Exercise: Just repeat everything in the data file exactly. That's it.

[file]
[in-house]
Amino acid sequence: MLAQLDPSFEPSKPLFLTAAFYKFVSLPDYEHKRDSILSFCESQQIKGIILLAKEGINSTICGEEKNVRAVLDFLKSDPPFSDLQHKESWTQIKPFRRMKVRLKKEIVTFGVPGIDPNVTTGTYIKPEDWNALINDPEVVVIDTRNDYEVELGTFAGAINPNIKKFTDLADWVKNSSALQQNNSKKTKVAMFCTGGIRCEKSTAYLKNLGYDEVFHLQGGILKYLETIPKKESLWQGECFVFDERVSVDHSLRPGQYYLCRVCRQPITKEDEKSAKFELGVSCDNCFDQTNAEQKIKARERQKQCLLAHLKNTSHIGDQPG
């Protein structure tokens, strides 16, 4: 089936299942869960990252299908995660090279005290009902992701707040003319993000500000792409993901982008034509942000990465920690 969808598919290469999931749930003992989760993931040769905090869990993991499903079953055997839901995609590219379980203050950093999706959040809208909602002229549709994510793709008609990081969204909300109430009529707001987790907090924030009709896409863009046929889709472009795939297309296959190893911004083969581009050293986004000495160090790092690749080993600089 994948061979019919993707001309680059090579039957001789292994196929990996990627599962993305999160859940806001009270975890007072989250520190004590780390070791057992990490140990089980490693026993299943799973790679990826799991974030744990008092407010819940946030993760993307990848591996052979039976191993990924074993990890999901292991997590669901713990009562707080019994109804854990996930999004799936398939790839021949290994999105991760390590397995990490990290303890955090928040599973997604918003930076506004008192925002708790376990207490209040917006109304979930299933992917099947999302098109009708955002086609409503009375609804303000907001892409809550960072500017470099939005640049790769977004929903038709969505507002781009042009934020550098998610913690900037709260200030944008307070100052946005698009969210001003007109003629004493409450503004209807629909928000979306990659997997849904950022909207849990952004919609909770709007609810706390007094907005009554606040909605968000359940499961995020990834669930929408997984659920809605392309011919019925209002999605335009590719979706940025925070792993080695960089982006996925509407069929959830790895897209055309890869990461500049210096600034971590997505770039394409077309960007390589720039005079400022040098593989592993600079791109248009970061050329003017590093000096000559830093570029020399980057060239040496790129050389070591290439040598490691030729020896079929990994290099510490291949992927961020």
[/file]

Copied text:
[in-house]
Amino acid sequence: MLAQLDPSFEPSKPLFLTAAFYKFVSLPDYEHKRDSILSFCESQQIKGIILLAKEGINSTICGEEKNVRAVLDFLKSDPPFSDLQHKESWTQIKPFRRMKVRLKKEIVTFGVPGIDPNVTTGTYIKPEDWNALINDPEVVVIDTRNDYEVELGTFAGAINPNIKKFTDLADWVKNSSALQQNNSKKTKVAMFCTGGIRCEKSTAYLKNLGYDEVFHLQGGILKYLETIPKKESLWQGECFVFDERVSVDHSLRPGQYYLCRVCRQPITKEDEKSAKFELGVSCDNCFDQTNAEQKIKARERQKQCLLAHLKNTSHIGDQPG
């Protein structure tokens, strides 16, 4: 089936299942869960990252299908995660090279005290009902992701707040003319993000500000792409993901982008034509942000990465920690 969808598919290469999931749930003992989760993931040769905090869990993991499903079953055997839901995609590219379980203050950093999706959040809208909602002229549709994510793709008609990081969204909300109430009529707001987790907090924030009709896409863009046929889709472009795939297309296959190893911004083969581009050293986004000495160090790092690749080993600089 994948061979019919993707001309680059090579039957001789292994196929990996990627599962993305999160859940806001009270975890007072989250520190004590780390070791057992990490140990089980490693026993299943799973790679990826799991974030744990008092407010819940946030993760993307990848591996052979039976191993990924074993990890999901292991997590669901713990009562707080019994109804854990996930999004799936398939790839021949290994999105991760390590397995990490990290303890955090928040599973997604918003930076506004008192925002708790376990207490209040917006109304979930299933992917099947999302098109009708955002086609409503009375609804303000907001892409809550960072500017470099939005640049790769977004929903038709969505507002781009042009934020550098998610913690900037709260200030944008307070100052946005698009969210001003007109003629004493409450503004209807629909928000979306990659997997849904950022909207849990952004919609909770709007609810706390007094907005009554606040909605968000359940499961995020990834669930929408997984659920809605392309011919019925209002999605335009590719979706940025925070792993080695960089982006996925509407069929959830790895897209055309890869990461500049210096600034971590997505770039394409077309960007390589720039005079400022040098593989592993600079791109248009970061050329003017590093000096000559830093570029020399980057060239040496790129050389070591290439040598490691030729020896079929990994290099510490291949992927961020």